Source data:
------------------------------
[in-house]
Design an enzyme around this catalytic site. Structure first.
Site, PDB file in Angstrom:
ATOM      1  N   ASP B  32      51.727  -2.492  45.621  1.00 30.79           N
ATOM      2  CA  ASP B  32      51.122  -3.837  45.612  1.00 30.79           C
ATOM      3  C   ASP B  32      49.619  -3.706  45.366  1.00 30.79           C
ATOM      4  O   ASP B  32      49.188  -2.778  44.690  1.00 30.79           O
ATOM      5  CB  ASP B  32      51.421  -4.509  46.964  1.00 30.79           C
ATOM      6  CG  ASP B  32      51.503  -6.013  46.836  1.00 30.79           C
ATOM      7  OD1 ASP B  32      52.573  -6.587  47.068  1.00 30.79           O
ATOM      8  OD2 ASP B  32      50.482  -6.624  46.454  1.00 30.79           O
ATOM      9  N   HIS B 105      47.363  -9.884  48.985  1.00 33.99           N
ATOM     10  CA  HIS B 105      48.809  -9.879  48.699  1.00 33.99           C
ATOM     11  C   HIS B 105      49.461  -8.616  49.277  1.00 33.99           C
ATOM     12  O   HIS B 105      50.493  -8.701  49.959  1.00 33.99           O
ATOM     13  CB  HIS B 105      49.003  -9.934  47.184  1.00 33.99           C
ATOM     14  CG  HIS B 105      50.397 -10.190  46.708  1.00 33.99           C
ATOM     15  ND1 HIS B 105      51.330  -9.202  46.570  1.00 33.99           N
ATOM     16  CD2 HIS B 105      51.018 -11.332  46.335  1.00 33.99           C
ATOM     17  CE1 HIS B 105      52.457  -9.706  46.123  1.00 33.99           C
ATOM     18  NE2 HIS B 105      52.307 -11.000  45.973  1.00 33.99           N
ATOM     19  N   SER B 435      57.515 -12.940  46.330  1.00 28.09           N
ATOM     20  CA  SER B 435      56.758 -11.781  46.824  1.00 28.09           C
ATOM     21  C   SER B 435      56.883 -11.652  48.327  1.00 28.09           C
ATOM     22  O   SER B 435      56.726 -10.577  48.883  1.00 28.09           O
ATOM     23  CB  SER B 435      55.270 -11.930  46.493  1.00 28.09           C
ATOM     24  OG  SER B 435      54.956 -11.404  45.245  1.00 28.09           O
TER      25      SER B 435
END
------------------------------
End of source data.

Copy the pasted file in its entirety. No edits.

[in-house]
Design an enzyme around this catalytic site. Structure first.
Site, PDB file in Angstrom:
ATOM      1  N   ASP B  32      51.727  -2.492  45.621  1.00 30.79           N
ATOM      2  CA  ASP B  32      51.122  -3.837  45.612  1.00 30.79           C
ATOM      3  C   ASP B  32      49.619  -3.706  45.366  1.00 30.79           C
ATOM      4  O   ASP B  32      49.188  -2.778  44.690  1.00 30.79           O
ATOM      5  CB  ASP B  32      51.421  -4.509  46.964  1.00 30.79           C
ATOM      6  CG  ASP B  32      51.503  -6.013  46.836  1.00 30.79           C
ATOM      7  OD1 ASP B  32      52.573  -6.587  47.068  1.00 30.79           O
ATOM      8  OD2 ASP B  32      50.482  -6.624  46.454  1.00 30.79           O
ATOM      9  N   HIS B 105      47.363  -9.884  48.985  1.00 33.99           N
ATOM     10  CA  HIS B 105      48.809  -9.879  48.699  1.00 33.99           C
ATOM     11  C   HIS B 105      49.461  -8.616  49.277  1.00 33.99           C
ATOM     12  O   HIS B 105      50.493  -8.701  49.959  1.00 33.99           O
ATOM     13  CB  HIS B 105      49.003  -9.934  47.184  1.00 33.99           C
ATOM     14  CG  HIS B 105      50.397 -10.190  46.708  1.00 33.99           C
ATOM     15  ND1 HIS B 105      51.330  -9.202  46.570  1.00 33.99           N
ATOM     16  CD2 HIS B 105      51.018 -11.332  46.335  1.00 33.99           C
ATOM     17  CE1 HIS B 105      52.457  -9.706  46.123  1.00 33.99           C
ATOM     18  NE2 HIS B 105      52.307 -11.000  45.973  1.00 33.99           N
ATOM     19  N   SER B 435      57.515 -12.940  46.330  1.00 28.09           N
ATOM     20  CA  SER B 435      56.758 -11.781  46.824  1.00 28.09           C
ATOM     21  C   SER B 435      56.883 -11.652  48.327  1.00 28.09           C
ATOM     22  O   SER B 435      56.726 -10.577  48.883  1.00 28.09           O
ATOM     23  CB  SER B 435      55.270 -11.930  46.493  1.00 28.09           C
ATOM     24  OG  SER B 435      54.956 -11.404  45.245  1.00 28.09           O
TER      25      SER B 435
END